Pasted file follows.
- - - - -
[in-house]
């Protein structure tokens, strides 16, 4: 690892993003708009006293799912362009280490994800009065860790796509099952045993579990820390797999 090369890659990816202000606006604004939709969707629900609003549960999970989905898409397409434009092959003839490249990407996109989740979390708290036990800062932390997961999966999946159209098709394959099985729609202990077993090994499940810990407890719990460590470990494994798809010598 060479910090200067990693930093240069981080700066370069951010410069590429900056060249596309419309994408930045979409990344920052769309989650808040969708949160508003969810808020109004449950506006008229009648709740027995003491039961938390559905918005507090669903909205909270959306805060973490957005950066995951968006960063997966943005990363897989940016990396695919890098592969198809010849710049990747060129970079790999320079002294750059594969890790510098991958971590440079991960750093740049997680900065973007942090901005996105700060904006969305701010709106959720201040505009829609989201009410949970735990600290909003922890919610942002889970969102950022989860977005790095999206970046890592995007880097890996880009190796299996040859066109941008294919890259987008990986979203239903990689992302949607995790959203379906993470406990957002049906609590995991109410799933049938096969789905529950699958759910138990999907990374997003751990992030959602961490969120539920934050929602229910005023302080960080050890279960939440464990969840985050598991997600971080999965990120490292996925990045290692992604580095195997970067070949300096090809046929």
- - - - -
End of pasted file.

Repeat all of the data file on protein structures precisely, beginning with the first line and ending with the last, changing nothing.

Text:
[in-house]
């Protein structure tokens, strides 16, 4: 690892993003708009006293799912362009280490994800009065860790796509099952045993579990820390797999 090369890659990816202000606006604004939709969707629900609003549960999970989905898409397409434009092959003839490249990407996109989740979390708290036990800062932390997961999966999946159209098709394959099985729609202990077993090994499940810990407890719990460590470990494994798809010598 060479910090200067990693930093240069981080700066370069951010410069590429900056060249596309419309994408930045979409990344920052769309989650808040969708949160508003969810808020109004449950506006008229009648709740027995003491039961938390559905918005507090669903909205909270959306805060973490957005950066995951968006960063997966943005990363897989940016990396695919890098592969198809010849710049990747060129970079790999320079002294750059594969890790510098991958971590440079991960750093740049997680900065973007942090901005996105700060904006969305701010709106959720201040505009829609989201009410949970735990600290909003922890919610942002889970969102950022989860977005790095999206970046890592995007880097890996880009190796299996040859066109941008294919890259987008990986979203239903990689992302949607995790959203379906993470406990957002049906609590995991109410799933049938096969789905529950699958759910138990999907990374997003751990992030959602961490969120539920934050929602229910005023302080960080050890279960939440464990969840985050598991997600971080999965990120490292996925990045290692992604580095195997970067070949300096090809046929």